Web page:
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While Apple’s computer hardware lasts a long time, you’ll still have to say goodbye to your Mac at some point. If you’ve had trouble with your machine, you might wonder when to get a new MacBook or if you should stay with your current one a bit longer.
Let’s look at some of the major signs that your Mac is out of date. We’ll look at ways you can work around these issues, plus consider whether it’s time to purchase a new computer.
How Long Do Macs Last?
Whether you’re taking stock of your old machine or thinking about the value of a new purchase, you might wonder how long MacBooks and other Mac models last.
There isn’t an exact answer for this, as it depends on a variety of factors. Someone who only uses their Mac for web browsing can get away with using the same machine for longer than someone who runs dozens of apps and does high-intensity tasks like video editing.
The definitions from Apple’s Vintage and Obsolete products page give an idea of device longevity. Vintage products are devices that stopped being manufactured between five and seven years ago. A product is considered obsolete if it was discontinued more than seven years ago.
Taking a look at macOS compatibility (discussed below), we can see that generally, Macs are eligible for the latest macOS version for about seven years. Apple generally supports each macOS version for three years.
Third-party apps are a bit more generous. As of this writing, popular apps like Chrome, Dropbox, and Spotify all require OS X 10.10 Yosemite (released in 2014) or above.
Taking all this together, say you bought a brand-new Mac in 2019. It would likely receive macOS updates until 2026. The OS released in 2026 would receive support from Apple until 2029, and most third-party tools until at least 2031.
This means that in general, you can expect about 10 years of life from a Mac, barring any unforeseen hardware issues. Now let’s look at some signs your Mac is at the end of its life.
1. You Can’t Run the Latest Version of macOS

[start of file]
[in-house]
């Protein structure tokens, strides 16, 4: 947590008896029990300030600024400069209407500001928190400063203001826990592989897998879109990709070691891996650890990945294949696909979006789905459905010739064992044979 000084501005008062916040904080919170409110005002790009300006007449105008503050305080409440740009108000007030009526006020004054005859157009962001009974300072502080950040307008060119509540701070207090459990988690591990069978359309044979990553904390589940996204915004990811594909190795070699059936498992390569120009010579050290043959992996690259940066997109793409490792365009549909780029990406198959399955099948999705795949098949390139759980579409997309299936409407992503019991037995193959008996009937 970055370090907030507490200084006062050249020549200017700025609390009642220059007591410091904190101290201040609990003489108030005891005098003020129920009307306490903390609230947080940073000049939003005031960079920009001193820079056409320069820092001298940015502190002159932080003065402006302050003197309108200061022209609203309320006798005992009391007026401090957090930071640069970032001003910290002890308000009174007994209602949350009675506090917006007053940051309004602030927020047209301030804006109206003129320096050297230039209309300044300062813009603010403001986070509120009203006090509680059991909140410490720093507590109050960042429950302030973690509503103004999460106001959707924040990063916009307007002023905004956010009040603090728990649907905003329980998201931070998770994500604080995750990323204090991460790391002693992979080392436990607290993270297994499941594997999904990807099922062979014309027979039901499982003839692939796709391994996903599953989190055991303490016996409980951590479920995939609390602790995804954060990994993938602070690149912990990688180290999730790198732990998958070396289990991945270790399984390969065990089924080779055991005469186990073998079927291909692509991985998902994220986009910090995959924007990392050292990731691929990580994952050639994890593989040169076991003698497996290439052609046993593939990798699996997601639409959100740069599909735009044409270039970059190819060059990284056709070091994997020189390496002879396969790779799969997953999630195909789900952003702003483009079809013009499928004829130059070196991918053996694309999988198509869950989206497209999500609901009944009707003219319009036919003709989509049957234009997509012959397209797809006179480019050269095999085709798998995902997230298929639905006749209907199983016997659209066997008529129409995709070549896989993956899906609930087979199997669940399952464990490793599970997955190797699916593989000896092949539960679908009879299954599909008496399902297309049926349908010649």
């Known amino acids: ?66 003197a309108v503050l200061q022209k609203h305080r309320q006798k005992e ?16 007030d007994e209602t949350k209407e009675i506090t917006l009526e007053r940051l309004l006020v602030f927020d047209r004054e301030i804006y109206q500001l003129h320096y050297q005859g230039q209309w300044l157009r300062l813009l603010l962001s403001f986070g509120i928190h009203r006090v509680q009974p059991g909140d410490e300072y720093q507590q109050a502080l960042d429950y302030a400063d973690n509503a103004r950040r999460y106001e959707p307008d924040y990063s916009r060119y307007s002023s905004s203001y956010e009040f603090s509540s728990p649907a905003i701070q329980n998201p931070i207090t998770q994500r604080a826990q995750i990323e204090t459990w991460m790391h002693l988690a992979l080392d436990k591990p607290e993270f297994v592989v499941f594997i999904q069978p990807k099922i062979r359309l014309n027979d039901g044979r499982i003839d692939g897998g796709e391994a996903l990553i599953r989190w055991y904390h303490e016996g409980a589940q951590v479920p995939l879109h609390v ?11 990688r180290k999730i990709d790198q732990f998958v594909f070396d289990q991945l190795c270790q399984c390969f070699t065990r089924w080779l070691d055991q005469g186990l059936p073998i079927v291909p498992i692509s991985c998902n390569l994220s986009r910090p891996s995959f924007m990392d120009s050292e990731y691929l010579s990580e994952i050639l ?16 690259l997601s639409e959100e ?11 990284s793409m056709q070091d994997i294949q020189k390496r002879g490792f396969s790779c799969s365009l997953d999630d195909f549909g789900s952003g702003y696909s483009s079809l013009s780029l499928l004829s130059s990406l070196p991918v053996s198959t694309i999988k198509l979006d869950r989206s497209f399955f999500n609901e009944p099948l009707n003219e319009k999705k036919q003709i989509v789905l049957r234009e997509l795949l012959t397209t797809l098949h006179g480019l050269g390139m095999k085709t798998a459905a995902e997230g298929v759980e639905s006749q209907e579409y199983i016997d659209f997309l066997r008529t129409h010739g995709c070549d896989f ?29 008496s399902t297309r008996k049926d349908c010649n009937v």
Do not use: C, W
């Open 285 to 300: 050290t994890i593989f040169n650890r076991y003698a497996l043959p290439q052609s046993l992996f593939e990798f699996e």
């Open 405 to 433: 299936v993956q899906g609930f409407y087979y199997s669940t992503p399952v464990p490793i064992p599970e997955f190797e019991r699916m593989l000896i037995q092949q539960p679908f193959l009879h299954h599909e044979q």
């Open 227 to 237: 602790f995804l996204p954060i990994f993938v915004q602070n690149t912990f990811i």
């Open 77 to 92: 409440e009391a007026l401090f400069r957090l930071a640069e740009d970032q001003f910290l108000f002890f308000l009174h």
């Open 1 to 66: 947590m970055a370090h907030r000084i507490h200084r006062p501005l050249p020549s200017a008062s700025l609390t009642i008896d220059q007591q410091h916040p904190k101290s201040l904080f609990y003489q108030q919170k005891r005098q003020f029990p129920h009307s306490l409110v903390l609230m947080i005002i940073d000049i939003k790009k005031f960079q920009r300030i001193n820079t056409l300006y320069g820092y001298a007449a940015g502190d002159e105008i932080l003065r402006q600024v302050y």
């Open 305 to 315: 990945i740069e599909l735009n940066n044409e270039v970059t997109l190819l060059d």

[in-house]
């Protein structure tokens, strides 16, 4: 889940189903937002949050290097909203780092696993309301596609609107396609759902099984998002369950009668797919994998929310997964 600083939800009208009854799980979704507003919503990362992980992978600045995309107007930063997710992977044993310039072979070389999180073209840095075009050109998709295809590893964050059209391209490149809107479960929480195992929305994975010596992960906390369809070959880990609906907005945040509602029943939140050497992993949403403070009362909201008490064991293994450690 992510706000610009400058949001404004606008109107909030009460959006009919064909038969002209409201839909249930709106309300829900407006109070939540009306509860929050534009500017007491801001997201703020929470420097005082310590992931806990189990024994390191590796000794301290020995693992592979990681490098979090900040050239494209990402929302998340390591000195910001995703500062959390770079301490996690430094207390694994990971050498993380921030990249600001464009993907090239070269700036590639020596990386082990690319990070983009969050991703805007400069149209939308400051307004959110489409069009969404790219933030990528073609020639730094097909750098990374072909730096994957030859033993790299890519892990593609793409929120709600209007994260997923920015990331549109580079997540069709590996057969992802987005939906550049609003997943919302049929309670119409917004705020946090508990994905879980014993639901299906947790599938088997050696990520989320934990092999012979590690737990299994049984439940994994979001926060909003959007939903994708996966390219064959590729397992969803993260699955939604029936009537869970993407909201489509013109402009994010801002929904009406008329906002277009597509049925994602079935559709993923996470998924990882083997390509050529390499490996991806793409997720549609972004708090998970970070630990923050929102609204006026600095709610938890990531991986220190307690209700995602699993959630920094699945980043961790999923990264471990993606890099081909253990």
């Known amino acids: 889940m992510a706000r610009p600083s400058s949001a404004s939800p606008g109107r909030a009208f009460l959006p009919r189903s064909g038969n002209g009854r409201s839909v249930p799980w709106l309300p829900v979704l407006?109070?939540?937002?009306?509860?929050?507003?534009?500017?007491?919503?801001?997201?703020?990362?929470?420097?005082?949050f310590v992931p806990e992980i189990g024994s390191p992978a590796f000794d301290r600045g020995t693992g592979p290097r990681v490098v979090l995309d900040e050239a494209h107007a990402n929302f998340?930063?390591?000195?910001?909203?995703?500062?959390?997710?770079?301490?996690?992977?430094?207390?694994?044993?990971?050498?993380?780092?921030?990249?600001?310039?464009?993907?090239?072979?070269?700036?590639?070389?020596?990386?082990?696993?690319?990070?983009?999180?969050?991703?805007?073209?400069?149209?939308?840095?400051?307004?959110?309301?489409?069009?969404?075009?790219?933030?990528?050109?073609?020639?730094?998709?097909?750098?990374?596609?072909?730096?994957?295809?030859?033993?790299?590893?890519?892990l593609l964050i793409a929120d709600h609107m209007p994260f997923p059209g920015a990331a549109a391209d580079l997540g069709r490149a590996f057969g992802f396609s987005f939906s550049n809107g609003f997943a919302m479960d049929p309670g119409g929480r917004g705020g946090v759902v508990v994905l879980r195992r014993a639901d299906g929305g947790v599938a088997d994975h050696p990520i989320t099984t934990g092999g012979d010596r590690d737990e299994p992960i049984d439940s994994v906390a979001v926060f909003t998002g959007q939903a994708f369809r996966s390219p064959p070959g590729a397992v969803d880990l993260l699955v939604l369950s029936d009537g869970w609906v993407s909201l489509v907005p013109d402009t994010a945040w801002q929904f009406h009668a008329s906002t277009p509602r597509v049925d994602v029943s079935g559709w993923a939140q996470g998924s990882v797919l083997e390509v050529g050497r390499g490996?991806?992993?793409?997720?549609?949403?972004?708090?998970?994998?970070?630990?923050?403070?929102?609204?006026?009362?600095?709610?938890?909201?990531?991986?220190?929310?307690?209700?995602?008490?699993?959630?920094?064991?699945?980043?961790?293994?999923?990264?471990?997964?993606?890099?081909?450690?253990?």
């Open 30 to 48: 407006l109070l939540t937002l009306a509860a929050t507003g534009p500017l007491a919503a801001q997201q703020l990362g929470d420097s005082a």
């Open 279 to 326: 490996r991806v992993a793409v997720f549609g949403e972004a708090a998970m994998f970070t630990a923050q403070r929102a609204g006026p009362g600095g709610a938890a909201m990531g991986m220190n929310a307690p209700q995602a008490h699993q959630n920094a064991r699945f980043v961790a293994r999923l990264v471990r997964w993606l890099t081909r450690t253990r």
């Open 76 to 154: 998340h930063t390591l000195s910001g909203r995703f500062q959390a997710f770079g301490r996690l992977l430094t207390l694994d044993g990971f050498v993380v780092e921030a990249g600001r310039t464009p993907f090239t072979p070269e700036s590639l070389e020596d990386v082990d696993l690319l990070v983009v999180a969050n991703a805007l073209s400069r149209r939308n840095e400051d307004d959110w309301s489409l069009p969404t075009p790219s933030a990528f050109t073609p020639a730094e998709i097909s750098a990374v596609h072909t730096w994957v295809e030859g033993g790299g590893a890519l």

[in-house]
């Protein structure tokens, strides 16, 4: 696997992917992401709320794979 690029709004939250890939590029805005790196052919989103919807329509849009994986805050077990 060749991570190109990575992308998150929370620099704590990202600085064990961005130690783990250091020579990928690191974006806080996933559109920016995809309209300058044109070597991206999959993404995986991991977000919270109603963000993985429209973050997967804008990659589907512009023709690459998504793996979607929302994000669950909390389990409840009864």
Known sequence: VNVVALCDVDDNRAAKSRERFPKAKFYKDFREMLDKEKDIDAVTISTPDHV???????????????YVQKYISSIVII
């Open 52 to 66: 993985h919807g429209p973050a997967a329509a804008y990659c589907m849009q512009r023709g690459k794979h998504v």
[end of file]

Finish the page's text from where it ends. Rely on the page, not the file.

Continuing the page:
Each year around September/October, Apple releases a new version of macOS. Mac models from the past several years are capable of running it. This means if your computer won’t upgrade to the latest edition of macOS, it’s becoming obsolete.
At the time of writing, the release of macOS 10.15 Catalina is imminent. The following Mac models will receive the update:
- MacBook (2015 and later)
- MacBook Air (2012 and later)
- MacBook Pro (2012 and later)
- iMac (2012 and later)
- iMac Pro (2017 and later)
- Mac Pro (2013 and later)
- Mac mini (2012 and later)
If your computer isn’t on that list, it’s likely entered Obsolete status. As mentioned earlier, while you won’t get any new macOS features, you’ll still be able to use your computer as-is for a while.
But after a year or two, you won’t receive security updates and third-party software might stop working. This means you’ll need to think about upgrading soon.
2. A Constant Lack of Free Space
As technology advances, apps and files continue to take up more space. This results in a constant struggle for free space for anyone who has an older machine with a paltry amount of storage.
If you have a 128GB or even 256GB SSD in your MacBook, you probably have to juggle files to free up space constantly. This might mean freeing up space on your Mac whenever possible, or possibly adding more storage to your Mac with an external hard drive or other methods.
You can use these workarounds to survive with a small amount of space for a while. But once you get sick of them, it’s time to upgrade to a new Mac with plenty of storage space.
3. Your Machine’s Components Aren’t Powerful Enough
Your storage disk is just one computer component that declines with age. A lack of RAM will prevent you from running many applications at once, and an old CPU means tasks like editing 4K video are extremely slow or impossible. You’ll also notice overall system performance suffers.